Sunday, June 23, 2013

To my Postpartum Self: What I Wish I had Known


Don't drown in it. Every little stage your baby goes through will feel like a riptide, like forever. I don’t know why this happens. Maybe because for your baby, that week of cluster feeding is forever, and maybe, because your baby is stuck to you like Velcro, and your nipples are chafed, and you're pretty sure you're never going to sleep again, you absorb his sense of time. Maybe it’s some hormone-fueled survival code to make sure you take your baby’s needs seriously. But pretty soon, your baby won’t be cluster feeding. He will be teething. Refusing naps. Calling you poopy. You will hear yourself saying things like, “Please take your penis out of the windowsill.” Go ahead and take each stage seriously, but don’t drown in it.

Boobs. For awhile, your boobs will be out. All. The. Time. Your boobs will see more sunlight than you do. Warm, sticky milk drips down your skin and you feel like the stump of an ice cream cone in July. This too shall pass, but for awhile, you’re going to feel like quite the centerfold. From National Geographic.

Do what works. Let your baby sleep in a swing or in your bed or his car seat if that is where he will sleep. You are not a failure if you don’t hand mash organic baby purees. It is okay to make things easier for yourself. There are very few irreversible decisions regarding sleeping and eating patterns in these first months and years. Your child will not head off to college still needing to sleep in a lamby swing. (They don’t make them that big; I checked.) He will not droop with malnutrition if he refuses to eat anything but bagels for a week. Or a month.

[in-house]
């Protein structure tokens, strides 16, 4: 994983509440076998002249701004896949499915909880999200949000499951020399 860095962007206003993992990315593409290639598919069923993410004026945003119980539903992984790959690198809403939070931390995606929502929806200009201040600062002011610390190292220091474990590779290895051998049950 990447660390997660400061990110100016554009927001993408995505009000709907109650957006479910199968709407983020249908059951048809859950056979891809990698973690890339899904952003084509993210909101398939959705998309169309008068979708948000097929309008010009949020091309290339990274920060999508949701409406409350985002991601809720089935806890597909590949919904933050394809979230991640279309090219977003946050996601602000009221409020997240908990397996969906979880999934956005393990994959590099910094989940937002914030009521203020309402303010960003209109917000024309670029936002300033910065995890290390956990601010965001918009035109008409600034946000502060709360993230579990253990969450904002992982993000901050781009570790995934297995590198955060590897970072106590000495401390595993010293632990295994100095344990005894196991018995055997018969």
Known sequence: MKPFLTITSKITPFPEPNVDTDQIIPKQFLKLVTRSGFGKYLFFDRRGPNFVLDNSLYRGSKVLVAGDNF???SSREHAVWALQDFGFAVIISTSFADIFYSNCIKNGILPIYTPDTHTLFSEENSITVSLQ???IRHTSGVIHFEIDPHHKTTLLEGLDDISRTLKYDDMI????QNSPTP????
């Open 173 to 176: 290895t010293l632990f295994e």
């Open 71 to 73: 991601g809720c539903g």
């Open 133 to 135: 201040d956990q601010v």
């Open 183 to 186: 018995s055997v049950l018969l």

You are not alone. Other mothers struggle, too. They flicker like candles, awake in the night in a thousand bedrooms. They hunch over their babies, nursing. They are limp and worn, like wrung out washcloths. Remember them when you are up in the night for the fifth time. When your baby won’t stop crying. When you can’t stop crying.   

Take a time out. Take time to yourself. Often. Beg, barter or pay someone to watch your child. Go to yoga. Go for a walk. Go to a movie. Your baby doesn’t need you present but drained, a mom zombie. A mombie. Your baby needs you to be okay. Your baby needs you to be you. Needing time to yourself does not mean you are trying to get away from your baby.

Okay, so you are totally trying to get away from your baby. That is okay. Find a way to do some of the things that keep you sane and happy. Your baby needs you sane and happy.

Ask for help. Ask your husband for help. He does not mean to just sit there in his chair playing Mortal Kombat. He will eventually show more interest in the baby, when it can giggle and hug and go to baseball games. But for now, he needs you to tell him you need help. Ask.

When you do, don’t tell him how to care for your child. Or tell him, but then let it go. He will probably watch Pulp Fiction with your baby. He will let your precious little one gnaw on pizza crusts like a junkyard dog. Your baby will be okay on both counts.

And then leave the house. If you don’t, your husband will rise from his chair like Zeus. He will find you, and he will suggest that the baby needs milk. Even though you just nursed him.

Don't clean. Your house will still be messy in five years. I am sorry, but it’s true. So when your baby sleeps, take a nap. Read a book. Masturbate. Look at pictures of clean houses on Pinterest. Look at pictures of clean houses on Pinterest while you masturbate. But don’t clean.  

Find your tribe. Find other moms who admit that it’s not all baby powder and bliss. Playdates were not invented to overschedule and socialize your child. They exist so you can admit that you yelled, “For the love of God, will you just freaking sleep?” at your six-month-old this morning. That you plopped your son in front of Elmo for several hours yesterday afternoon when it rained and rained and rained and he wouldn’t nap.